The 20 Must-See Films of Summer

Sharks, a violent game of tag and evil puppets. Let’s review.

By Kirk Miller

The 20 Must-See Films of Summer
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07 May 2018

This is but one installment of 37 Things a Man's Gotta Do This Summer, our annual compendium of everything worth seeing, doing, eating, drinking and generally making time for in your neck of the woods between now and September. Stay tuned all month for more.


Not every film you experience this summer will be Jurassic Park-sized.

There are also some smaller, stranger pleasures to be had, which you'll find below, in our 2018 Summer Movie Guide.

Inside: 20 films we've got high hopes for, from brainless-but-fun blockbusters (Jason Statham battling a giant prehistoric shark) to offbeat indie comedies (Lakeith Stanfield as an all-star telemarketer) and everything in between.

Bring it, rainy days.


The guilty pleasure: Tag
Lifelong friends (Jeremy Renner, Jon Hamm, Ed Helms, Hannibal Buress, Jake Johnson) play an on-going, increasingly vicious game of Tag. (June 15)

Backup plan: Breaking In is an interesting twist on the home invasion film: two children are trapped with kidnappers inside a mansion designed to be impenetrable. But the house hasn’t met one very angry and determined mom (Gabrielle Union). It’s Panic Room in reverse. (May 11)

The popcorn flick: Ocean’s 8
This gender-flipped take on Steven Soderbergh's crime capers features an all-female crew (led by Sandra Bullock) attempting a multimillion dollar heist at the Met Gala. Looks damn fun, and has to be better than Ocean’s 12 or 13. (June 8)

Backup plan: In The Meg, Jason Statham fights a giant prehistoric shark. See you opening night! (Aug. 10)

The nightmare inducer: Hereditary
A tragedy unveils a weird and twisted family history in this throwback to the mood and pacing of old-school horror flicks like Rosemary’s Baby and The Exorcist. It already wowed at Sundance. (June 8)

Backup plan: Who is that exceedingly tall, faceless man who captures children? Find out when the Internet meme comes to life in Slender Man — which visually reminds us a bit of The Ring. (Aug. 24)

The indie comedy: Sorry to Bother You
Boots Riley (from the great political hip-hop group the Coup) wrote and directed this bizarre tale of an African-American telemarketer (up-and-comer Lakeith Stanfield) who suddenly excels at his job when he adopts a “white voice” — the very pasty tones of David Cross. (July 6)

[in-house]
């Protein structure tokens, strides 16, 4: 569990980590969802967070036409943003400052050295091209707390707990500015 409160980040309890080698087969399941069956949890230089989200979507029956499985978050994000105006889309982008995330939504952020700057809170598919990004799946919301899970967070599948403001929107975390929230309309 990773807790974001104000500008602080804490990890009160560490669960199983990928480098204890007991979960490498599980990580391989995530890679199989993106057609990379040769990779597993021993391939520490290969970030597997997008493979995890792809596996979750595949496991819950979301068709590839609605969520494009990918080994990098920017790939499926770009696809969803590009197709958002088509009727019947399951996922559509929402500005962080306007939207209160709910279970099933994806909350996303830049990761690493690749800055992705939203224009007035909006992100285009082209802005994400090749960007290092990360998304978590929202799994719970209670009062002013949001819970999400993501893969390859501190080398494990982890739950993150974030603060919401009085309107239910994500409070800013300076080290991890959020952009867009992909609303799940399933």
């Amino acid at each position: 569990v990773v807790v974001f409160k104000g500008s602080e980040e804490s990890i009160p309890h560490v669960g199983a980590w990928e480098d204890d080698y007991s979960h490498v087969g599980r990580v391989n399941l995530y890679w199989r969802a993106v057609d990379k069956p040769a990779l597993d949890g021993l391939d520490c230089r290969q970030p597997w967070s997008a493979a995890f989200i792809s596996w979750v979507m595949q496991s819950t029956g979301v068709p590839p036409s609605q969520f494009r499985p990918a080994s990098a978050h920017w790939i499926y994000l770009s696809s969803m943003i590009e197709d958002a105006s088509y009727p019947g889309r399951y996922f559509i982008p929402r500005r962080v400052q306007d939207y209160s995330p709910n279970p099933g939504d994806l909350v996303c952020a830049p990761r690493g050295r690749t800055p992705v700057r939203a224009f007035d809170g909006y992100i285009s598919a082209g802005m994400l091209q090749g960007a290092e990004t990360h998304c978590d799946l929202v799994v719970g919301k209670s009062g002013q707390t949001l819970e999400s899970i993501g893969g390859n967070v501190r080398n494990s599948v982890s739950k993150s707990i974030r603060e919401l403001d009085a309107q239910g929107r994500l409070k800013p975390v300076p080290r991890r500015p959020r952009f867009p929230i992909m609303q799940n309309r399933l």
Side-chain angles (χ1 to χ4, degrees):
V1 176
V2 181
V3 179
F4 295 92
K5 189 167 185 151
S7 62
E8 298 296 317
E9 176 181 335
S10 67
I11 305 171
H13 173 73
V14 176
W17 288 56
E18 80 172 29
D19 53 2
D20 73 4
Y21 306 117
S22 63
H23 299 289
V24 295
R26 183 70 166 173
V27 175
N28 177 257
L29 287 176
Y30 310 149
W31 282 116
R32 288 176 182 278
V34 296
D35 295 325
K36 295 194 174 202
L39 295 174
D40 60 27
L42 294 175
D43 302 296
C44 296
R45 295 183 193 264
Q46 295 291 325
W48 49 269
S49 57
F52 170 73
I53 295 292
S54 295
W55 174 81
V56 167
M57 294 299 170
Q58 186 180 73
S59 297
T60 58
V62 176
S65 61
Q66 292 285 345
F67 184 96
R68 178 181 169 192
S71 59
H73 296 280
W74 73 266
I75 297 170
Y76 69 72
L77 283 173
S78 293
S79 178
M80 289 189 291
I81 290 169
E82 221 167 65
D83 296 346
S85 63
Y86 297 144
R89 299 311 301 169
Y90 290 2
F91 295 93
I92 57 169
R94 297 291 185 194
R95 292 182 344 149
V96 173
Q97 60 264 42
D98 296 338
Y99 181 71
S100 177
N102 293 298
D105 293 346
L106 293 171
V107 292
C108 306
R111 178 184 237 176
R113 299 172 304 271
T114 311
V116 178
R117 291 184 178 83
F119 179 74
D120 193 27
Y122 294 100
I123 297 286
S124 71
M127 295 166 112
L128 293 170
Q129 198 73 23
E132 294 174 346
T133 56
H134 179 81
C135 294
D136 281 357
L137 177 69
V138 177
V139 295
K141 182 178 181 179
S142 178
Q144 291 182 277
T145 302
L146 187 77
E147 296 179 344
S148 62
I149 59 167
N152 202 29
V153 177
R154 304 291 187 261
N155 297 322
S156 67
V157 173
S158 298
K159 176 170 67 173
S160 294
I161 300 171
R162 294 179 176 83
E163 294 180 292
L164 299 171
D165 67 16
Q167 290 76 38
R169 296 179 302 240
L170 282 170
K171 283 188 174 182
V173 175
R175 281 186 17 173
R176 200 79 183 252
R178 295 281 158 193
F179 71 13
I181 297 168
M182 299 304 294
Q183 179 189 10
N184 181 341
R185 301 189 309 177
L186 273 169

Backup plan: BlacKkKlansman, Spike Lee’s take on a real-life story about a black police officer who infiltrates the KKK, is supposedly ...  kinda funny? Jordan Peele does co-produce it, and Topher Grace plays David Duke. This one’s gonna be interesting. (Aug. 10)

The superhero flick: Deadpool 2
More foulmouthed metafictional laughs from Ryan Reynolds and company, now with future adversary Cable (Josh Brolin) and a “derivative” superhero team called X-Force. Original director Tim Miller reportedly wanted to go more serious ... so he was wisely jettisoned for John Wick/Atomic Blonde lensman David Leitch. (May 17)

Backup plan: “If you two are finished comparing sizes ...” Ant-Man and the Wasp are the pint-sized crime-fighting duo of the year. (July 6)

The sequel: Mission Impossible: Fallout
Not a lot of info on the latest Ethan Hunt adventure — exotic locales, mission gone wrong, world at risk, etc. — but it certainly features a near-impossible Halo jump. Also, this might be the only film series that gets better with every edition. (July 27)

Backup plan: “I’m gonna need to get ... dirty.” Drug cartels, terrorists, lots of guns and the always welcome team of Josh Brolin and Benicio del Toro return in Sicario: Day of the Soldado (June 29).

The action flick: Upgrade
Gang kills man’s wife. Man gets computer chip (“Stem”) implanted that gives him superhuman strength and an AI-assisted brain. Ridiculous bloodbath ensues, courtesy of Saw creator Leigh Whannell. (June 1)

Backup: Jodie Foster is a nurse who runs Hotel Artemis, a secret hospital for criminals in the riot-torn Los Angeles. It’s basically Continental of the John Wick universe given a starring role. (June 8)

The documentary: McQueen
A in-depth look at the late, great designer Alexander McQueen, from his working-class East London upbringing through some of his most-famous and daring moments on the runway (see: hologram Kate Moss), as told through interviews and previously unreleased home movies. (July 20)

Backup plan: Before Tom Hanks Hollywoods it up, witness the impact and legacy of the real Fred Rogers in Won’t You Be My Neighbor. (June 8)


The family film: Incredibles 2
The superhero family pulls a Mr. Mom, with dad Mr. Incredible staying home to take care of his increasingly restless children — while, in the outside world, the debate rages on whether super-powered folk are a good thing or not. It’s Pixar, so expect life lessons mixed with sharp comedy. (June 15)

Backup plan: A very grown Christopher Robin (Ewan McGregor) rediscovers Winnie the Pooh and his other childhood friends in this live-action reimagining, which looks, well, adorable. (Aug. 3)

The WTF: Under the Silver Lake
David Robert Mitchell’s long-awaited follow-up to the revelatory horror classic It Follows has a paranoid Andrew Garfield frantically searching for the woman he loves around an increasingly hostile and weird Los Angeles. Entertainment Weekly Garfield’s compared the film to The Goonies and David Lynch, so that’s a good start. (June 22)

Backup plan: What if the Muppets were real and were getting murdered one by one? That’s loosely the premise of The Happytime Murders. (Aug. 17)

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